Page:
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Importance of adequate, good quality water

Water is our most valuable resource. It is fundamental to our health, our way of life, our economy and our environment.’ – Water for Good, June 2010

Not only do we need enough water to support economic, social, and environmental processes, but the quality must also be fit for purpose.

The Environment Protection (Water Quality) Policy 2015, identifies the following environmental values for water:

  • aquatic ecosystems
  • recreation and aesthetics
  • drinking water for human consumption
  • primary industries for:
    • irrigation and general water uses
    • livestock drinking water
    • aquaculture and human consumption of aquatic foods.

These reflect the difference between the value of water for environmental purposes on the one hand and consumptive use on the other. Approaches used to measure these 2 categories also reflect these differences. Ecological function is measured using aquatic ecosystem condition assessment, while we measure water supply based on sustainable use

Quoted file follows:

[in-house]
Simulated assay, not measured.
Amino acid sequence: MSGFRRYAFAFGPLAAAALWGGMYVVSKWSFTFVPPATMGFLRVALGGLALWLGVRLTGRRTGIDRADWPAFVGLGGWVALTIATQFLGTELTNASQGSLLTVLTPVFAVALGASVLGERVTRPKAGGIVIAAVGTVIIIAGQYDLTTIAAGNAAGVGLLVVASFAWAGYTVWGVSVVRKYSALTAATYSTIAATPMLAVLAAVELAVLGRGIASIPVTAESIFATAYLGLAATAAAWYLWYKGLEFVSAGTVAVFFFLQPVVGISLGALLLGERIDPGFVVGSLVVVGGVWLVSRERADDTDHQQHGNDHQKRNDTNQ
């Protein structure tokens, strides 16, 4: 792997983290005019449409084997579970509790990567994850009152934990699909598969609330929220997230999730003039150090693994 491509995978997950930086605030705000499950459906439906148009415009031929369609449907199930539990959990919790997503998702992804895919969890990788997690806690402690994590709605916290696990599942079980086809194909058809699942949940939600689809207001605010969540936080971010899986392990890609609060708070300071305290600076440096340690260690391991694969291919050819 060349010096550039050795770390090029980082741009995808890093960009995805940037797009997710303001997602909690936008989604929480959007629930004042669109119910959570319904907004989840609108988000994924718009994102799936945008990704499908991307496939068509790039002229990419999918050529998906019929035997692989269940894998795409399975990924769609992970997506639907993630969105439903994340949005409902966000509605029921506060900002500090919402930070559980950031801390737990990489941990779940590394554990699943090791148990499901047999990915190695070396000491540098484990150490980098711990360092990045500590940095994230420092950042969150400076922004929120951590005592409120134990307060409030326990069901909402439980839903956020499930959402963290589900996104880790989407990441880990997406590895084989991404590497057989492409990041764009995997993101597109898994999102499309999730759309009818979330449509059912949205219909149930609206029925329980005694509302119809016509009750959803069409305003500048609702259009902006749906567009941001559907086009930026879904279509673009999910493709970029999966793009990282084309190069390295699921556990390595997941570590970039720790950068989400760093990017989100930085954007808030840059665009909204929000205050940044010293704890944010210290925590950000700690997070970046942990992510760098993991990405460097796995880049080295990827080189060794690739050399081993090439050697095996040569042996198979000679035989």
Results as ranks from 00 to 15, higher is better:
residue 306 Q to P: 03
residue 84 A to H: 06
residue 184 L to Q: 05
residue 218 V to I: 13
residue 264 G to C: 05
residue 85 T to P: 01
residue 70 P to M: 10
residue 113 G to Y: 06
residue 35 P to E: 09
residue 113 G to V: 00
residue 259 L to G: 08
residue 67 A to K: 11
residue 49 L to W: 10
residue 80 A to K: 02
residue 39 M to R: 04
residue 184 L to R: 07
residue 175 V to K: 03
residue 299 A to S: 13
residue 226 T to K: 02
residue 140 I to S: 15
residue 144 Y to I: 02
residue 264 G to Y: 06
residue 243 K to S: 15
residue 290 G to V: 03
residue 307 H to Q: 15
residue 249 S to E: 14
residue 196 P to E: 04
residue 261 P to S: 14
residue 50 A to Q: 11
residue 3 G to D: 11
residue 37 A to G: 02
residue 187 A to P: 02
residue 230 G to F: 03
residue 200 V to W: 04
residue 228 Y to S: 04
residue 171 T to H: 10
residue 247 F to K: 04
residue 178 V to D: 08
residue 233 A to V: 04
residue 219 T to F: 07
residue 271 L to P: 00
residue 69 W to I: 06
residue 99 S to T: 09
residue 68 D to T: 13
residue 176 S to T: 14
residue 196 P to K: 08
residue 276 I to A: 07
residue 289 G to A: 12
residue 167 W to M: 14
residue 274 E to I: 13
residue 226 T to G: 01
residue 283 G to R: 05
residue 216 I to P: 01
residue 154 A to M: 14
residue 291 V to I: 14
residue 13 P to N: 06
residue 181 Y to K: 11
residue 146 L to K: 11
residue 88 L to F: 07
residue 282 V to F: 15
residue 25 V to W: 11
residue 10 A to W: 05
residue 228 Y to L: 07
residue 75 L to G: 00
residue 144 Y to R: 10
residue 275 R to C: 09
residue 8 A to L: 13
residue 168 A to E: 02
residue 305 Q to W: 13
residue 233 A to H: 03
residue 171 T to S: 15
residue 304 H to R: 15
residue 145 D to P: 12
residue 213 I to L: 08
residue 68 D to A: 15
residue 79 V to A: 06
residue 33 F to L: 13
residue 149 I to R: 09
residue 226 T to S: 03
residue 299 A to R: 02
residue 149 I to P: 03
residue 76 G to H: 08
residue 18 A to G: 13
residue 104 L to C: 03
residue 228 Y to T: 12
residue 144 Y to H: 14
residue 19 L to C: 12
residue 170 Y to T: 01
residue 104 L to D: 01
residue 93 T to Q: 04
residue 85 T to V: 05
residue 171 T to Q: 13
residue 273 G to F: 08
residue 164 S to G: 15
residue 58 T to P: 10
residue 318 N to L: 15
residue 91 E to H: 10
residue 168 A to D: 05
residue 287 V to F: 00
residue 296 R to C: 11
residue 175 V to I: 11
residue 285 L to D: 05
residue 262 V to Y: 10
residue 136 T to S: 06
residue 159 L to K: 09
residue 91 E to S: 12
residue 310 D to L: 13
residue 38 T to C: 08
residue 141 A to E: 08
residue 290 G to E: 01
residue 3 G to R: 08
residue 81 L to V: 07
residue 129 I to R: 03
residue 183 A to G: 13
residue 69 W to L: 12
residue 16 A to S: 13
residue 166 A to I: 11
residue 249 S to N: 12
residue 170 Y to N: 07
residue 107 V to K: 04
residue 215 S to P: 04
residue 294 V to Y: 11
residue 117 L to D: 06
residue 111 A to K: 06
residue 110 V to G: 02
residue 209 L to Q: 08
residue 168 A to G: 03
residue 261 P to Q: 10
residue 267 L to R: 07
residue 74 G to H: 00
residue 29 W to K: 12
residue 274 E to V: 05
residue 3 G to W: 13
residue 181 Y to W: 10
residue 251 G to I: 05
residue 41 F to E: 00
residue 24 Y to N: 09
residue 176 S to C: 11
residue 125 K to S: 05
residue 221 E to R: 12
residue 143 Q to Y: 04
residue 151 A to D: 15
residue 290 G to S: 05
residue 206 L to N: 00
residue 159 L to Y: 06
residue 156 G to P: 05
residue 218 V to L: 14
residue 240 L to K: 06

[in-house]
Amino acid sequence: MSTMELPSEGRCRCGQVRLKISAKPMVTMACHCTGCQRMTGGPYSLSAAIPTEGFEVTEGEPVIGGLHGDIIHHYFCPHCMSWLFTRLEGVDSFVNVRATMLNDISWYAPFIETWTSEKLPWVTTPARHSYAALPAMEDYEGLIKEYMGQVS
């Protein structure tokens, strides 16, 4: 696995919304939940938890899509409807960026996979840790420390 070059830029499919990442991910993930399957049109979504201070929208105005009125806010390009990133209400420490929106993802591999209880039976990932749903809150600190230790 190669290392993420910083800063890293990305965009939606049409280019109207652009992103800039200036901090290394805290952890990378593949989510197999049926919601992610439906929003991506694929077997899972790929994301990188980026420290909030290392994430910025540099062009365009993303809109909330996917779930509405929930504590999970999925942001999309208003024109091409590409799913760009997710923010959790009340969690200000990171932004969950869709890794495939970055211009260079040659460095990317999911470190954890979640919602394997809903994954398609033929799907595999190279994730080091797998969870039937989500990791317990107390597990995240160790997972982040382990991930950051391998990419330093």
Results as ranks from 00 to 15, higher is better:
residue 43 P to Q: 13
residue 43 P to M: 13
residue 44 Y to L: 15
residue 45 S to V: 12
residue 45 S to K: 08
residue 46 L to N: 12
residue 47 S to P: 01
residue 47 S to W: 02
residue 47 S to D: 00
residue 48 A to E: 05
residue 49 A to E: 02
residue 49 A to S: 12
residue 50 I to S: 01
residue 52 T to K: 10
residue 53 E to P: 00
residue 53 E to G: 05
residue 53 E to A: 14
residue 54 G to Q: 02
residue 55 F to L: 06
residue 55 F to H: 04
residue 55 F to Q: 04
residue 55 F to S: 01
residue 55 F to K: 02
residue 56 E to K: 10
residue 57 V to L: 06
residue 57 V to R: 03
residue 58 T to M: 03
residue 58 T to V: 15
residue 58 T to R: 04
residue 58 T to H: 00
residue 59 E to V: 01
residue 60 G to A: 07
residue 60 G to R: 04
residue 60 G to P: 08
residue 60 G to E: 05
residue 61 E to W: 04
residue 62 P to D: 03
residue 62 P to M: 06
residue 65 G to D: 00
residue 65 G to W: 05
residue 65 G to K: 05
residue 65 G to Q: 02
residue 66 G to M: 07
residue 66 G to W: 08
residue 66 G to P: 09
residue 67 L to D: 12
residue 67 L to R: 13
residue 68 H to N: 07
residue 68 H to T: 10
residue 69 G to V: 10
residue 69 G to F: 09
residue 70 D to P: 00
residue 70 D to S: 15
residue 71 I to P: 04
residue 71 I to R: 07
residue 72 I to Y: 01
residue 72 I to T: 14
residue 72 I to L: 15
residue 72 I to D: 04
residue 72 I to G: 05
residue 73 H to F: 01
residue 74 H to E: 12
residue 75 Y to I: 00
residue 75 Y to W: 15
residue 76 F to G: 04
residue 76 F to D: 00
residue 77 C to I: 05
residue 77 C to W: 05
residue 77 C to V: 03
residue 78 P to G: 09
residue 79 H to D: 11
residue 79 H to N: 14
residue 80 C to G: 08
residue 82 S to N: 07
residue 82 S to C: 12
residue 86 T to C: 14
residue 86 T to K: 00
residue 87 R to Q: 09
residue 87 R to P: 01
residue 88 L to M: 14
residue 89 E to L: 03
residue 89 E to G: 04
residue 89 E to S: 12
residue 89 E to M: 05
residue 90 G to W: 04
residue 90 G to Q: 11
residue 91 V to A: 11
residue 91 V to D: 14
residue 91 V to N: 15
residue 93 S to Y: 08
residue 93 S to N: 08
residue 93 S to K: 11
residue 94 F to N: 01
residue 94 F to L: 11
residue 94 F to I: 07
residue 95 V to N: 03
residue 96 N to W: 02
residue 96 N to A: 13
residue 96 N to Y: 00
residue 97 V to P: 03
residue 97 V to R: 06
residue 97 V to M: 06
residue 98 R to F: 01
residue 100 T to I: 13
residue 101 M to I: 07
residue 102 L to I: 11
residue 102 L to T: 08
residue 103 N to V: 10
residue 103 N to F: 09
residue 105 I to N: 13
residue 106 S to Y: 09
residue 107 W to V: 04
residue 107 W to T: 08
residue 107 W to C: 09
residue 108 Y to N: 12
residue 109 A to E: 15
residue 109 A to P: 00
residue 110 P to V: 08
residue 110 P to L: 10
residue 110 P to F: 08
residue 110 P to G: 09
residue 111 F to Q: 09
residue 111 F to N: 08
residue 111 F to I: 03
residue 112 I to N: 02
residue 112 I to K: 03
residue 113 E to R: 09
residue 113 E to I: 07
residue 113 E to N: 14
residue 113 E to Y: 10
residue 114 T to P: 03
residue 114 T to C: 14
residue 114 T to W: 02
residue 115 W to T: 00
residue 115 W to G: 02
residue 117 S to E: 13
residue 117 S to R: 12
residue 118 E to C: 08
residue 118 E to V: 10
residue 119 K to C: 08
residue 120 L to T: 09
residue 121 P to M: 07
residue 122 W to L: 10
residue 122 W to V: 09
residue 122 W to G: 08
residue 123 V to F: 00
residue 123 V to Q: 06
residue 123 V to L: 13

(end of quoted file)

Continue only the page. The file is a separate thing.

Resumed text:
The 2 categories are inextricably linked, with the condition of aquatic ecosystems very much reliant on human activities in catchments and water extraction. Water is critical for maintaining the health of wetlands, floodplains, rivers, streams, creeks, lakes and estuaries, and the aquatic life they contain. However, following European settlement and the subsequent phases of agricultural, urban and resource development, land use and water extraction significantly impacted on the health of aquatic ecosystems.

Our economy became dependent on this water and we have found it very difficult to rebalance or repair the damage. Consequently, our water resources are in a highly disturbed condition and, for the last 30 years or so, we have set out to redress the situation. While we have made considerable gains, much is still to be done.